Learning First Alliance

Strengthening public schools for every child

Choosing Arne Duncan

vonzastrowc's picture

President-Elect Obama's choice of education secretary has drawn praise from both Democrats for Education Reform and the National Education Association, two organizations that don't often see eye to eye. His decision certainly muddies the storyline repeated ad nauseam by national commentators: namely, that Obama would have to choose sides in The Great War between the Reformers and the Establishment.

Of course, that story relied on reductive accounts of reform championed by comic-book protagonists who inhabit a world without tradeoffs.

If all goes well, we may be in for a more thoughtful, inclusive and constructive national discussion on how to tackle the most daunting challenges facing public schools.

Hope springs eternal.

Picture credit: Harvard Magazine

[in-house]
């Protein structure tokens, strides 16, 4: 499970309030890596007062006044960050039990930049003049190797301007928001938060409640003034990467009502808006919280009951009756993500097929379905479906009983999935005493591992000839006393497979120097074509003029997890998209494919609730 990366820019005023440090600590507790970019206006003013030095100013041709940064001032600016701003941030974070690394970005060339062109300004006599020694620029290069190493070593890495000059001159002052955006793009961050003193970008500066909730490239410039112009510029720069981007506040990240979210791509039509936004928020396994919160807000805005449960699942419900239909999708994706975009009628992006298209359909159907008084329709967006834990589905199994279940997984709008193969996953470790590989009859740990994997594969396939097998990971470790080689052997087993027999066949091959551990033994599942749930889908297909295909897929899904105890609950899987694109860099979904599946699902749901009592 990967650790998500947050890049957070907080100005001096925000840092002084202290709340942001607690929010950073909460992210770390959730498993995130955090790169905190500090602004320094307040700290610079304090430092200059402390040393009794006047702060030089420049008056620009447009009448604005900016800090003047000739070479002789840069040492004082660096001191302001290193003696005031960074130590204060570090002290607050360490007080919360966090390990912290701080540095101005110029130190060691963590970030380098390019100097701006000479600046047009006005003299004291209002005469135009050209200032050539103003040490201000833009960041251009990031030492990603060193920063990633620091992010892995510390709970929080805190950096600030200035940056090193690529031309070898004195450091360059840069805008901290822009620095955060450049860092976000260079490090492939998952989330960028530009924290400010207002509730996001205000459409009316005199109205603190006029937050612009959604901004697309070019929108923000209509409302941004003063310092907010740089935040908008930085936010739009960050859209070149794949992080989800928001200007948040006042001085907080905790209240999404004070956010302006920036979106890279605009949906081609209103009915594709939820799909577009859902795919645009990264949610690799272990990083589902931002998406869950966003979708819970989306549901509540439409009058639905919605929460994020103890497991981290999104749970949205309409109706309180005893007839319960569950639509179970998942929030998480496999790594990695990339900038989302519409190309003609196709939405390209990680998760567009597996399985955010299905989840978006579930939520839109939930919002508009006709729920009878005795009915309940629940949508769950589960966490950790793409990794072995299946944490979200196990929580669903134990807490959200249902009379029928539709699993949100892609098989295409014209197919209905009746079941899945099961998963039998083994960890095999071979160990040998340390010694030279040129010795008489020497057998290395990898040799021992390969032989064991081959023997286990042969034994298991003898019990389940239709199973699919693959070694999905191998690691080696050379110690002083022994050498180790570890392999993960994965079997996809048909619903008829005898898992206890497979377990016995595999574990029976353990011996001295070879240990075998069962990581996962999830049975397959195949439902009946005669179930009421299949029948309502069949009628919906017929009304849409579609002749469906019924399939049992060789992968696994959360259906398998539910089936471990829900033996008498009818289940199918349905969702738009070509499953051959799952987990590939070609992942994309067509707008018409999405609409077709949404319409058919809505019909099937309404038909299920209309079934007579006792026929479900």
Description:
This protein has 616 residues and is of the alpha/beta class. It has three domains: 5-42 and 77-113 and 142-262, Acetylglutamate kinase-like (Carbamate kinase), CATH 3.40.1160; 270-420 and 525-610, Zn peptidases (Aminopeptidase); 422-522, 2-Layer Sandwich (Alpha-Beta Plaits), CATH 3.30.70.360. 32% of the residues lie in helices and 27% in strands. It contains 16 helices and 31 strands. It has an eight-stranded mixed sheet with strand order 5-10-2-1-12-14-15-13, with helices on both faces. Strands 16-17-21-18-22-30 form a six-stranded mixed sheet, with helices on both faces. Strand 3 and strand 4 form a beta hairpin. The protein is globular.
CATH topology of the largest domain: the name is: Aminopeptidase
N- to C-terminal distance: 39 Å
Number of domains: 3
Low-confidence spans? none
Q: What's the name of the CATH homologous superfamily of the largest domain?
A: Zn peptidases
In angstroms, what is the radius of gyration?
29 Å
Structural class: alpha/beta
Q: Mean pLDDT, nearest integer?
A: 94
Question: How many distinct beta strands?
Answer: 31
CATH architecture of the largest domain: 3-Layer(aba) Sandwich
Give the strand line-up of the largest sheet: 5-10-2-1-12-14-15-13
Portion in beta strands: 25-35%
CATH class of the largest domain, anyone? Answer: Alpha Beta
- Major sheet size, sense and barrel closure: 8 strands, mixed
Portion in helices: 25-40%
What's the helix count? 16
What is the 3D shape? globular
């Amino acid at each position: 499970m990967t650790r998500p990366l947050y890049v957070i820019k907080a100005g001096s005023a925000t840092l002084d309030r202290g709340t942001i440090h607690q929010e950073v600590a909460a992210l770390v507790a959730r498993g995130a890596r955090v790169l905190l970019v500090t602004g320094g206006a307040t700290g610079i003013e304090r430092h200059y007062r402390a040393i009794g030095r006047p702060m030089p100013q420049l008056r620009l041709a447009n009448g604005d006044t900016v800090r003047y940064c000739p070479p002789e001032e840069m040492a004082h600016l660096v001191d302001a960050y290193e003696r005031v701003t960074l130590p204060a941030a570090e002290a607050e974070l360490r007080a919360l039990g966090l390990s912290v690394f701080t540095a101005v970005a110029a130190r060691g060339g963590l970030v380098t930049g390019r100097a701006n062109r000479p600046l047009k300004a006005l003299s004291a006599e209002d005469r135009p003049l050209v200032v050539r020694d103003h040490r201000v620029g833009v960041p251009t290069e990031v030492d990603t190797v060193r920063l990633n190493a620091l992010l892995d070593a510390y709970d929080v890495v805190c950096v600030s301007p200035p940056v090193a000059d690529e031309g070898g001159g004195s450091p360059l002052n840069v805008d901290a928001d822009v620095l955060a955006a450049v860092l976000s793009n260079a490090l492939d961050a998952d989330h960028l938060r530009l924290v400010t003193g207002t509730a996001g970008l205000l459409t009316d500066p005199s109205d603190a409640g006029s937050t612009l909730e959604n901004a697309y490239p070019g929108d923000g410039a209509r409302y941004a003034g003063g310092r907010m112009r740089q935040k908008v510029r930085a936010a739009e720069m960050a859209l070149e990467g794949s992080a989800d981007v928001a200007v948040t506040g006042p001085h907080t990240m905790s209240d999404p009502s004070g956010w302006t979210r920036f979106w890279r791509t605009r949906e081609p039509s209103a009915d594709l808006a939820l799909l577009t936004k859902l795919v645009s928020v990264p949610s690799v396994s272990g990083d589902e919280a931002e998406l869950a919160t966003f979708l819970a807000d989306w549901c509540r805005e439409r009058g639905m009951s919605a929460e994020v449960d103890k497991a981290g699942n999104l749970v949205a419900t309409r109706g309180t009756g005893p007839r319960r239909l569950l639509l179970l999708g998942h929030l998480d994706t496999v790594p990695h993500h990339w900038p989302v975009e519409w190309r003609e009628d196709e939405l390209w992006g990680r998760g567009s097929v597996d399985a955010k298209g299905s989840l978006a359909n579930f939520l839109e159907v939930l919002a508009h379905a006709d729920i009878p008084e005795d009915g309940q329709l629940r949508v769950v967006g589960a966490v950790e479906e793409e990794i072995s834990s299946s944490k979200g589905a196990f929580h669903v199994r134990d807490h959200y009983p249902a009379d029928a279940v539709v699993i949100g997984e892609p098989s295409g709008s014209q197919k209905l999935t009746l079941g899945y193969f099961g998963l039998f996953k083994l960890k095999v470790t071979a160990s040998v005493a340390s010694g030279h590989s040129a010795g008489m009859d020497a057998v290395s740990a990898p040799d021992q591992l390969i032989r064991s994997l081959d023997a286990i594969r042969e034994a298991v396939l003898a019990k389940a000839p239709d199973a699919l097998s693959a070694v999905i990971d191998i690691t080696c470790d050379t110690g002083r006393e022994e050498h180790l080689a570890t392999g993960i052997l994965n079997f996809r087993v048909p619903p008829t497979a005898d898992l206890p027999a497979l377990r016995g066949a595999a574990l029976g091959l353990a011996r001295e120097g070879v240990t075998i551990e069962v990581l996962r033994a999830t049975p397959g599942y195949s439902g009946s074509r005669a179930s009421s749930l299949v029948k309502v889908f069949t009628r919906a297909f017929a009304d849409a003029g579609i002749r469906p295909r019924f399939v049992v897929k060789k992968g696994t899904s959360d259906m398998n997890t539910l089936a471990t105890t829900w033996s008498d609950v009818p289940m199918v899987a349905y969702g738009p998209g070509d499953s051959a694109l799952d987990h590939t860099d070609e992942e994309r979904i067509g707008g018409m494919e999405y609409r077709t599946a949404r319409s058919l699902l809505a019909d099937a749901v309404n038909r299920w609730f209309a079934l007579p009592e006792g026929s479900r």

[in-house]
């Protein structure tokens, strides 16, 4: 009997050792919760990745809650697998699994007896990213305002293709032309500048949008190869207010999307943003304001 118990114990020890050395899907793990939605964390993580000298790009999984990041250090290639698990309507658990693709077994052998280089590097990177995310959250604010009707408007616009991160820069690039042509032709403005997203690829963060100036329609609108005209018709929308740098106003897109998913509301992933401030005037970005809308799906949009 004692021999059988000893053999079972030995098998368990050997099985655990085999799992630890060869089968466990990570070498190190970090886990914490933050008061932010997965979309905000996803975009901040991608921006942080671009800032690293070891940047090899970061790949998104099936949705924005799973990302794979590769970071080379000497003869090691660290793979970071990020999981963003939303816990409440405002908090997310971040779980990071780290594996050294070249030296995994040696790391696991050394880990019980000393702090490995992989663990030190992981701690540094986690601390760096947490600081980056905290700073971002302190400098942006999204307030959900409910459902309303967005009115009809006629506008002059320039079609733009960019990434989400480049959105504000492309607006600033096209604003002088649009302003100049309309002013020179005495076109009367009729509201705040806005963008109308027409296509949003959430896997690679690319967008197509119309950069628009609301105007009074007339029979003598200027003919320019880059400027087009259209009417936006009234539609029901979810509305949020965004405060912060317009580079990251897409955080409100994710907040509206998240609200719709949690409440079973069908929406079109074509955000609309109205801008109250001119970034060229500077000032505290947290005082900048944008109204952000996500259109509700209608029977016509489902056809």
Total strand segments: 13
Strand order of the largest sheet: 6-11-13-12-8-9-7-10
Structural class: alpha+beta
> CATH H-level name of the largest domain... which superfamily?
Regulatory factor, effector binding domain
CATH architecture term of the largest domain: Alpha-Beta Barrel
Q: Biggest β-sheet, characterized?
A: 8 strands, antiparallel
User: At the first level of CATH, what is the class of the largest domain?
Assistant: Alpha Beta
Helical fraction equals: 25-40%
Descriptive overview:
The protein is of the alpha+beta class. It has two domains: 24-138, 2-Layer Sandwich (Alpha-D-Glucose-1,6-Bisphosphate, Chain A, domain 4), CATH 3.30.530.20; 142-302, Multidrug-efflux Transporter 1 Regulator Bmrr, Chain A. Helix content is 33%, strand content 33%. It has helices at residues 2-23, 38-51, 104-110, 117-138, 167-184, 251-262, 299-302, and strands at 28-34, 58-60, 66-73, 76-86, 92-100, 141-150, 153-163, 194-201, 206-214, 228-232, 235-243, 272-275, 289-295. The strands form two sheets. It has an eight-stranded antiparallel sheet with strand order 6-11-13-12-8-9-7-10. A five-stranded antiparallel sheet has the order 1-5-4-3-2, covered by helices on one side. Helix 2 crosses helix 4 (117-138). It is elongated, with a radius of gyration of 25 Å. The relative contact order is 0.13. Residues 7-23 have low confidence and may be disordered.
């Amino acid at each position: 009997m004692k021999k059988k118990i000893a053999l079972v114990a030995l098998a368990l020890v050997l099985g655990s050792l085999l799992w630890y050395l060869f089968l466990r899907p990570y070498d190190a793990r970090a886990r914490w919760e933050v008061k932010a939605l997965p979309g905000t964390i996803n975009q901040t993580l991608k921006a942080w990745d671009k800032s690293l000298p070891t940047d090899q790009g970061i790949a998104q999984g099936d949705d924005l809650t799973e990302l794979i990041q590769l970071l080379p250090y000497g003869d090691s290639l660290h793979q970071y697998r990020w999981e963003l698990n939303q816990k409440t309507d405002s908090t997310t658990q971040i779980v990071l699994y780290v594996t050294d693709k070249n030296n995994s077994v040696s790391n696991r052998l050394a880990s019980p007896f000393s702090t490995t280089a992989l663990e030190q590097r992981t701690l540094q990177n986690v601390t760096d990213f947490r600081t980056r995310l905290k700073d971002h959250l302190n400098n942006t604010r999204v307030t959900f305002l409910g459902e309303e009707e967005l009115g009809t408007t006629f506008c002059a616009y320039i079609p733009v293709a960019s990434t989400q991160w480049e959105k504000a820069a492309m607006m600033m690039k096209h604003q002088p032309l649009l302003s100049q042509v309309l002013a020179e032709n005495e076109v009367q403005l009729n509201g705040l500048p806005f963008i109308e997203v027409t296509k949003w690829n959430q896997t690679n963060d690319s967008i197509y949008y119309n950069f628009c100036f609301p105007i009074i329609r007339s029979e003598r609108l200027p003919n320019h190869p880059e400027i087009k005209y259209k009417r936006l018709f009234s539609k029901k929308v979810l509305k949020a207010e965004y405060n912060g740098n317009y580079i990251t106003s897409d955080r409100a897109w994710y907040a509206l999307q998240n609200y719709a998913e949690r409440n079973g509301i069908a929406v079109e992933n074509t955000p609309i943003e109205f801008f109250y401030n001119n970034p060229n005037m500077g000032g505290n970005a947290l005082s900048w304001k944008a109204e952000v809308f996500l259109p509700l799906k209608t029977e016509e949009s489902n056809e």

Reductive accounts of reform

Reductive accounts of reform championed by comic-book protagonists! That was such a good--and dead accurate--line that I had to repeat it.

It usually takes a year or more for key policy directions to emerge, and grant money to start flowing toward new initiatives. In December of 2009, we'll be able to talk about "reform" with different language and goals. I'm looking forward to it, even if the great ship of education only makes a quarter-turn.

Great post. Thanks for giving me a good chuckle.

Don't know why that last

Don't know why that last comment did not have my name attached. Nancy Flanagan

Well said! The media message

Well said!

The media message machine was pushing a false choice of two poles: Joel Klein "reform" or Linda Darling-Hammond "status quo". Both characterizations are disingenuous and reductive.

Duncan is a moderate sigh of relief... like Obama.

Thanks for your kind notes,

Thanks for your kind notes, Nancy and anonymous....  It's high time we had a more respectful conversation about what's needed.